There are several types of content on the internet, and the reason is that they appeal to different kinds of users. Not everyone likes the same type of content or is looking for the same thing, and not every piece of content sends the same signals to Google. We know this ever since we got a look at the Google content standards evaluation guidelines.
The types of users vary greatly, and if you are starting a blog, purchasing a domain, or have been in business for a while, they are relevant to you and what you are doing. Here are the three most basic types of users.
- Streakers: These are searchers who are looking for quick answers to questions, a short form post, video, or even an audio answer.
- Strollers: Strollers are users who are looking for a little more in-depth answers. They are not yet ready to buy but are doing minimal research. Medium length content, how-to videos, and other shorter content appeal to them.
- Studiers: The perpetrators of multi-thread searches and specific long-term queries, these users are looking for detailed answers, reviews, case studies, and specific dimensions and research on a specific target. Long-form content and detailed descriptions, long-form video, and more appeal to them.
There is a fourth type of user also, the researcher. This is primarily made up of academics and journalists who are researching topics for a specific project. These are the users who will share your work.
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It should be your goal with content to convert streakers to strollers, strollers to studiers, and studiers to researchers.
Besides appealing to these two types of users, here are five reasons long-form content matters to Google.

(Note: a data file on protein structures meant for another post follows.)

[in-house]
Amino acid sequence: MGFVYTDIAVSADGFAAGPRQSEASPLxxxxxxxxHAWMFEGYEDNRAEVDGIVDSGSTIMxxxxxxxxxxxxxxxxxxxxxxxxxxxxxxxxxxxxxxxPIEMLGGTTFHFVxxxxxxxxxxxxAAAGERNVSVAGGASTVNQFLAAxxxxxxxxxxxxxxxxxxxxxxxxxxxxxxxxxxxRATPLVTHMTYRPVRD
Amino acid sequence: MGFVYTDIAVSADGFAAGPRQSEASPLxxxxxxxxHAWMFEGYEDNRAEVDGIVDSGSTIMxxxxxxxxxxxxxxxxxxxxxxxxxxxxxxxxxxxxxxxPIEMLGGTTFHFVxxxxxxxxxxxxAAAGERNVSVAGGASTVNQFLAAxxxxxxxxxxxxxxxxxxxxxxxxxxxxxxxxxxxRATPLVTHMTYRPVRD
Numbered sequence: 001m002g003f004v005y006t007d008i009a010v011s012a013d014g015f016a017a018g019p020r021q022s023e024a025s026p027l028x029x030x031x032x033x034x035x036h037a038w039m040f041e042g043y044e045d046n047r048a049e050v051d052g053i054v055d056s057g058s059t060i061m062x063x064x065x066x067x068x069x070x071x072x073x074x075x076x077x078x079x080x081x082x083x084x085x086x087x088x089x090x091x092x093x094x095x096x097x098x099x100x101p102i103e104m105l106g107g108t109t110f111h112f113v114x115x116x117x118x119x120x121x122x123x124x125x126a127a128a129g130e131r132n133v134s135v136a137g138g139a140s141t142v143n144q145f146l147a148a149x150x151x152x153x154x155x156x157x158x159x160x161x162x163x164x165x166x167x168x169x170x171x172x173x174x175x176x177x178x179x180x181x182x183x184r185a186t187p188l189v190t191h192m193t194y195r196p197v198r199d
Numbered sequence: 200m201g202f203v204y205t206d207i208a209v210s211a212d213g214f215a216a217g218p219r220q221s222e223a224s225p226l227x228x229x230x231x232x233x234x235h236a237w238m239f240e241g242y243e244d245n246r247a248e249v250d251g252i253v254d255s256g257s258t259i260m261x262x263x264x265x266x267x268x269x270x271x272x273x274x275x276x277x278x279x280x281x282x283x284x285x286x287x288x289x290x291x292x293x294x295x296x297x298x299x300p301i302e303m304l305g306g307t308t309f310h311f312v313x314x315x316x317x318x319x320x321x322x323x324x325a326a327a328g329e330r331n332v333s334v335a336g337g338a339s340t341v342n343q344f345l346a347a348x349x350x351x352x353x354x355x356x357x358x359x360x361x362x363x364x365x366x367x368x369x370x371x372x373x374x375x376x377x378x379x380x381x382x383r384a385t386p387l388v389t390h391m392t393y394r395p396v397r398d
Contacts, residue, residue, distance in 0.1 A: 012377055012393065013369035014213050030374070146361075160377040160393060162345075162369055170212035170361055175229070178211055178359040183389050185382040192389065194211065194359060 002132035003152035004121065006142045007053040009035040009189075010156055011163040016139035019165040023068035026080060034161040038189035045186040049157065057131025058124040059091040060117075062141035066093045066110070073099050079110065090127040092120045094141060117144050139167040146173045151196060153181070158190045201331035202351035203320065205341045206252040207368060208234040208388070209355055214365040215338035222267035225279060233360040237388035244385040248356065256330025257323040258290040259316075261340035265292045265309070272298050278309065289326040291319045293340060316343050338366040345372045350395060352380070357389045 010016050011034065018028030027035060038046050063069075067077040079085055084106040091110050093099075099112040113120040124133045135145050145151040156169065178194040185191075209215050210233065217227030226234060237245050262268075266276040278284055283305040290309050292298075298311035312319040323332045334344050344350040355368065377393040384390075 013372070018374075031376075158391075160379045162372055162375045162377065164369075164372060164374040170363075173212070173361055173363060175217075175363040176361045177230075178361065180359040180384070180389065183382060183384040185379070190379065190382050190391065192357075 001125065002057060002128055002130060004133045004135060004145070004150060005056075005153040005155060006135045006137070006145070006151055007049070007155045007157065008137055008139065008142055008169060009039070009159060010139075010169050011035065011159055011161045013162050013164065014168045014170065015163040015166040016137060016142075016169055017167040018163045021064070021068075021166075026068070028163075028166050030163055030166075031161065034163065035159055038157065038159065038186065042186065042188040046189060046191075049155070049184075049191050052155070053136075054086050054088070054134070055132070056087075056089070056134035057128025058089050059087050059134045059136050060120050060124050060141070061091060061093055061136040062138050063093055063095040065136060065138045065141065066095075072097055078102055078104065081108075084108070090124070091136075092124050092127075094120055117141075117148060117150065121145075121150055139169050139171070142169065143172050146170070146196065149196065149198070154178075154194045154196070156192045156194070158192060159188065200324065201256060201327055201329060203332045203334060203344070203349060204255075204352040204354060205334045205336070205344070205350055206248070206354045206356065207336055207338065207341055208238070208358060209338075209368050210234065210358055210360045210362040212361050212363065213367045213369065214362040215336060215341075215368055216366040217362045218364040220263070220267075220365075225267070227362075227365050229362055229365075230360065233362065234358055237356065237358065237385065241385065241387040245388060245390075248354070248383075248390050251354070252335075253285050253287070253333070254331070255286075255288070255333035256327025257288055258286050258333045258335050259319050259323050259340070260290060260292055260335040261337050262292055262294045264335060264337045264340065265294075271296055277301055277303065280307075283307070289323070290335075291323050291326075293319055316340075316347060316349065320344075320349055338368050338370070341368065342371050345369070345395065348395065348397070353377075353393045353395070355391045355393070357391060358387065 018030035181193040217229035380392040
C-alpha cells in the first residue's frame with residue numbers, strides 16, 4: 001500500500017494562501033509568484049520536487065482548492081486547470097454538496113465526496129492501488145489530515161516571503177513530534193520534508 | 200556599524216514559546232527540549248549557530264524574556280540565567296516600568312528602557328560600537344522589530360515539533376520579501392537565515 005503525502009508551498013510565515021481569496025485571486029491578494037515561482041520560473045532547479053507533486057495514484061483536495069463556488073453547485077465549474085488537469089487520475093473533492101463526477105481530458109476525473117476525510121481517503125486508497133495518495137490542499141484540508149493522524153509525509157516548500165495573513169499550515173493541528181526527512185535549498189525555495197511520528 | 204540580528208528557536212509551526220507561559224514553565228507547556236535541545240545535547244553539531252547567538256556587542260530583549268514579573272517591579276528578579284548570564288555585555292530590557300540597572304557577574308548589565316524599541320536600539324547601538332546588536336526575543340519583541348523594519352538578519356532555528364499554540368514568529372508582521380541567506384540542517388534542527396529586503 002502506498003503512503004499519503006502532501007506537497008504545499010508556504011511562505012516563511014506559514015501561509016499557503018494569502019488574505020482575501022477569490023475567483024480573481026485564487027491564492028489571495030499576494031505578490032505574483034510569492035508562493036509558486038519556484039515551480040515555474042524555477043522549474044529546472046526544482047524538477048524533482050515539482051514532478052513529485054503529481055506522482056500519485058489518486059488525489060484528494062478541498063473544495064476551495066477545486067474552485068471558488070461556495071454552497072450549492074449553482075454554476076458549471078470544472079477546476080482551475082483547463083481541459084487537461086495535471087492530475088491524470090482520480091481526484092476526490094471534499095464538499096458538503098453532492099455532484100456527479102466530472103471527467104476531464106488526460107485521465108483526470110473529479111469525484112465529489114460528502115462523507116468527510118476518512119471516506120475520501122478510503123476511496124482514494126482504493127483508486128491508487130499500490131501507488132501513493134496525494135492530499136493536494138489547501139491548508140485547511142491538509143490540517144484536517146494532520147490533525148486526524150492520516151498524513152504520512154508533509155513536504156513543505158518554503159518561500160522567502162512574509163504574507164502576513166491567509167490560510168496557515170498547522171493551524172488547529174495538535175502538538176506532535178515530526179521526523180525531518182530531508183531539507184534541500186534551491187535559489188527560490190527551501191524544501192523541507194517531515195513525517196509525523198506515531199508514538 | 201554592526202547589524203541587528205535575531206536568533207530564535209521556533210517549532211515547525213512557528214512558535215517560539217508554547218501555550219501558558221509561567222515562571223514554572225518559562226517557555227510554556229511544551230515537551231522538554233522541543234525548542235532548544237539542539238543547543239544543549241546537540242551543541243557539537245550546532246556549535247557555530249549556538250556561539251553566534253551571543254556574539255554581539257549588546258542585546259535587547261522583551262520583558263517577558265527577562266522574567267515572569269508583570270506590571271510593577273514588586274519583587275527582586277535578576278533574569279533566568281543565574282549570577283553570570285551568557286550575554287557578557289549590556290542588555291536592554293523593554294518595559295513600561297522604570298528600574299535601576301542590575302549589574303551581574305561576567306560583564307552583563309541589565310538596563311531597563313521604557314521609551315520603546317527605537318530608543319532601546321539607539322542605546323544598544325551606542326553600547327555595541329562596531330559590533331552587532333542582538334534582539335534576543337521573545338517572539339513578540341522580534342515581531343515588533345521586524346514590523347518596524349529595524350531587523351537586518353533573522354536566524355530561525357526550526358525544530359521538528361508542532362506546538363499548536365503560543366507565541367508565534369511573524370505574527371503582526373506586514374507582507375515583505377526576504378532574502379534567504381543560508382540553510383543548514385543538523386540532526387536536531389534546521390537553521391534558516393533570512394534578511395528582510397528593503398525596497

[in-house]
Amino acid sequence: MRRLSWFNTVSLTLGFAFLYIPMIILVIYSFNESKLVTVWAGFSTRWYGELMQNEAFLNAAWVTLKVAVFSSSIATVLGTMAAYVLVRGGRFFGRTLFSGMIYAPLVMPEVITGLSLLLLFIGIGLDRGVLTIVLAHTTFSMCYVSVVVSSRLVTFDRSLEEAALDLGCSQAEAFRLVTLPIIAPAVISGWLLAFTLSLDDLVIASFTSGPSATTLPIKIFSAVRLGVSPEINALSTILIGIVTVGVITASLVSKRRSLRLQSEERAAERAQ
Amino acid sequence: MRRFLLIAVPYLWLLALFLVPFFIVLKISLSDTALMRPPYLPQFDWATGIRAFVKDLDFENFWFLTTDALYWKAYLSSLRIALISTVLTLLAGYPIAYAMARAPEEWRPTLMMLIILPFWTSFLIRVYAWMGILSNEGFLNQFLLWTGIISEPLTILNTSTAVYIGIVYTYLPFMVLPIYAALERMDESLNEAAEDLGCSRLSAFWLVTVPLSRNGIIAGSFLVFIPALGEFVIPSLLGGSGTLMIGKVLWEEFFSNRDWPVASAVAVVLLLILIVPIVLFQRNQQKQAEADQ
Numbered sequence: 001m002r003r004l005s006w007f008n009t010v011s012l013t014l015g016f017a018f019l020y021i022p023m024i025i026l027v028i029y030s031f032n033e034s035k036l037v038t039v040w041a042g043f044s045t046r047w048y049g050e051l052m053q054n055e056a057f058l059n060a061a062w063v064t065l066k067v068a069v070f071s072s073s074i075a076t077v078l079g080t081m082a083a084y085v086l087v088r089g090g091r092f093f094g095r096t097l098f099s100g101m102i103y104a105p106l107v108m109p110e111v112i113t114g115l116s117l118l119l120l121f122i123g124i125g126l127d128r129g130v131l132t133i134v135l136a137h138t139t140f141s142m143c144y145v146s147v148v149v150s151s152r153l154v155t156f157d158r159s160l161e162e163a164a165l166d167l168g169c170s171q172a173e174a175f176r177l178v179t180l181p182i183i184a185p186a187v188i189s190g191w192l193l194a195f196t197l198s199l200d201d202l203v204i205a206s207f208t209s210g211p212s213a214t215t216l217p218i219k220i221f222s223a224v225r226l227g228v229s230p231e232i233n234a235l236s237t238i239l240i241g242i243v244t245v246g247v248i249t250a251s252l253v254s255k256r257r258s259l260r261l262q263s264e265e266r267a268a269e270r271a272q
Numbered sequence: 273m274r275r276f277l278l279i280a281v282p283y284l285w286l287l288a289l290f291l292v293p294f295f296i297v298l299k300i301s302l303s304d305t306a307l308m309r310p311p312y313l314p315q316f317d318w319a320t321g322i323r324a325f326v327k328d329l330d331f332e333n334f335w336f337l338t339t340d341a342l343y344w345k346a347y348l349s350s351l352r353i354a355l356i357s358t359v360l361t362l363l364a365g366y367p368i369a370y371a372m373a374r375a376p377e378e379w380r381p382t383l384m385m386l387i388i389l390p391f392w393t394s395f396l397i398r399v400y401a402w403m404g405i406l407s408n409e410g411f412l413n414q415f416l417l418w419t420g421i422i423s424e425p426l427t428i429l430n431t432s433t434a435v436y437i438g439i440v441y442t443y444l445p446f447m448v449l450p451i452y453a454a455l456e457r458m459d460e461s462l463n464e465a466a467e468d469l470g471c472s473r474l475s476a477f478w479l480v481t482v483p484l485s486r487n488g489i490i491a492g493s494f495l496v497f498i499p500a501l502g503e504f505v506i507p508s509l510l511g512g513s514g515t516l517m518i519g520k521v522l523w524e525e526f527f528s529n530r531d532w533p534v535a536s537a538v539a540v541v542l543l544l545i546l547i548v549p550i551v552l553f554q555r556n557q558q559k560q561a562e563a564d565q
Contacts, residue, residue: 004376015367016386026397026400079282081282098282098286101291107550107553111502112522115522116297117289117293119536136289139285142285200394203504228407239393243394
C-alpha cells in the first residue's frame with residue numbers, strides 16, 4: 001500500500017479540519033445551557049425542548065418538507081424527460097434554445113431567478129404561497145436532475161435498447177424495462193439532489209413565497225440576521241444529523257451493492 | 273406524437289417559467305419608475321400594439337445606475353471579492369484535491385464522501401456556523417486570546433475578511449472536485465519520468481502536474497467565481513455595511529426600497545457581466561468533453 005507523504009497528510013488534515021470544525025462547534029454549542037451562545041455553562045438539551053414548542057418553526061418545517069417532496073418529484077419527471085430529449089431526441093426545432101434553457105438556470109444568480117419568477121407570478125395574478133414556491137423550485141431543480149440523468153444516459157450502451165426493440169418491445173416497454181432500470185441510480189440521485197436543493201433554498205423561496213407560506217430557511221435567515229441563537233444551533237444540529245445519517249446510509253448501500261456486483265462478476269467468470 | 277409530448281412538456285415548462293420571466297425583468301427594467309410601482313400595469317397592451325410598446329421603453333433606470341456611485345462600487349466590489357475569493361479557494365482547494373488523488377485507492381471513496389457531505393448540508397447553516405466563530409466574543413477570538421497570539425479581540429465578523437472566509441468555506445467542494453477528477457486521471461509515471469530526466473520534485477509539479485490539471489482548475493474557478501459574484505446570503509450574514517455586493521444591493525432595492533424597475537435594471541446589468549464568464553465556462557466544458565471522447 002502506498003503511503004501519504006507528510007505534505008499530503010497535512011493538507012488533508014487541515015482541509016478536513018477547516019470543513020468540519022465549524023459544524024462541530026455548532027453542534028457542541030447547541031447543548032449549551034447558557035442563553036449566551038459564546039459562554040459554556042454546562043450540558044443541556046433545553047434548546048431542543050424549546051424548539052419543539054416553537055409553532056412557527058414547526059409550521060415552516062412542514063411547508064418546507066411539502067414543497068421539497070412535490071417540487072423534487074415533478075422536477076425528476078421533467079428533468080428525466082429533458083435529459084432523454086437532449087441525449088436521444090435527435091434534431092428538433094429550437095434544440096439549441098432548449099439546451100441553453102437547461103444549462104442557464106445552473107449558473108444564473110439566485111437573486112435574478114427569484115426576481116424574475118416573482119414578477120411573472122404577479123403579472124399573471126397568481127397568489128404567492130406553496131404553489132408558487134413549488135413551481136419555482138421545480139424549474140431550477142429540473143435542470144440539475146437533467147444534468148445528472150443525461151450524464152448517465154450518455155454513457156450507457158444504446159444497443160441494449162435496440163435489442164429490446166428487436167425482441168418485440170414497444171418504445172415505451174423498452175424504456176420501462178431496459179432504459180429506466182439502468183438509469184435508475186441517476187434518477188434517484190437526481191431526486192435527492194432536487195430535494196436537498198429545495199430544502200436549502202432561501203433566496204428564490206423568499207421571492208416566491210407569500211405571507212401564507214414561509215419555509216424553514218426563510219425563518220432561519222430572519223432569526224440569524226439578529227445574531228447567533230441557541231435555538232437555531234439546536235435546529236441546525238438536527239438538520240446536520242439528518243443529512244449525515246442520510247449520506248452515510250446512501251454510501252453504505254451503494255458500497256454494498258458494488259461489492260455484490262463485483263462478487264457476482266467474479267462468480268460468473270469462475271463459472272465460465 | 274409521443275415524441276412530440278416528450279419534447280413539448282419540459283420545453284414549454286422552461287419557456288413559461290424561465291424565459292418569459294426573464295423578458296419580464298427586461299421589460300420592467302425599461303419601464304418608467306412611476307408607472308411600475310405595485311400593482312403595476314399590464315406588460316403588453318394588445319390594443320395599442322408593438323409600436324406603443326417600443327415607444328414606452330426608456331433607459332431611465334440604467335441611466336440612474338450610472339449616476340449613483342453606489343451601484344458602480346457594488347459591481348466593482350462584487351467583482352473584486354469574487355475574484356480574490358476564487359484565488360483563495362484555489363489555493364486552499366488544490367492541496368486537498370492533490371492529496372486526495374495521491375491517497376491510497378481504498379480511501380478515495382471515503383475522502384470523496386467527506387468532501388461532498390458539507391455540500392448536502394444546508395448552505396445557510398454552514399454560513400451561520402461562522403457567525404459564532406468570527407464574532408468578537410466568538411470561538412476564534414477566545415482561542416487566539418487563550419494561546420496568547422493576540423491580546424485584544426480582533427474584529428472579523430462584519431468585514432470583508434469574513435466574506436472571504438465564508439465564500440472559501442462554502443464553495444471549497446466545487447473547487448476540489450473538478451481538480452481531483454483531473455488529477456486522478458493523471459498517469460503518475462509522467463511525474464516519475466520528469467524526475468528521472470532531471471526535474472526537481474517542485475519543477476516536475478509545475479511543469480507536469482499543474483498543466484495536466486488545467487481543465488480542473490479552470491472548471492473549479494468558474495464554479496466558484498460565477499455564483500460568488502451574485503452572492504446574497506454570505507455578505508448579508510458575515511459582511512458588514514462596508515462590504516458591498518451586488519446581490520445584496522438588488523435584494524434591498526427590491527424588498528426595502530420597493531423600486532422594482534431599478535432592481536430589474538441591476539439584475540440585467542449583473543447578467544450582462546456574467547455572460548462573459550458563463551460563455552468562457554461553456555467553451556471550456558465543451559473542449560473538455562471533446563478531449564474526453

Here are the 5 Reasons Long-Form Blog Content Matters to Google
5. It Shows You’re Real
One way to show search engines that you are real and engaged is to have different kinds and lengths of content. One type of short-form content on limited topics sends signals of automation and apathy and hurts your reputation not only with search engines but with readers.
Real businesses know all about their niche and also know a great deal about their customers, their products or services, and they can share that information without giving away trade secrets or driving away customers. Think about the number of times you have read a detailed post or seen an instructional video that seemed interesting, but more complicated than something you wanted to tackle yourself.
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First, if the video is interesting, you will share it. Secondly, you will probably look to hire the experts that produced the video if the project is too complicated for you. They have already proven their expertise. It is the same with long-form written content.
4. It Showcases Your Expertise
As mentioned above, long-form content showcases your expertise. This is a big part of the Google site evaluation guidelines, the ones that gave us the E.A.T. principle. Google is looking for expert content that is authoritative and trustworthy.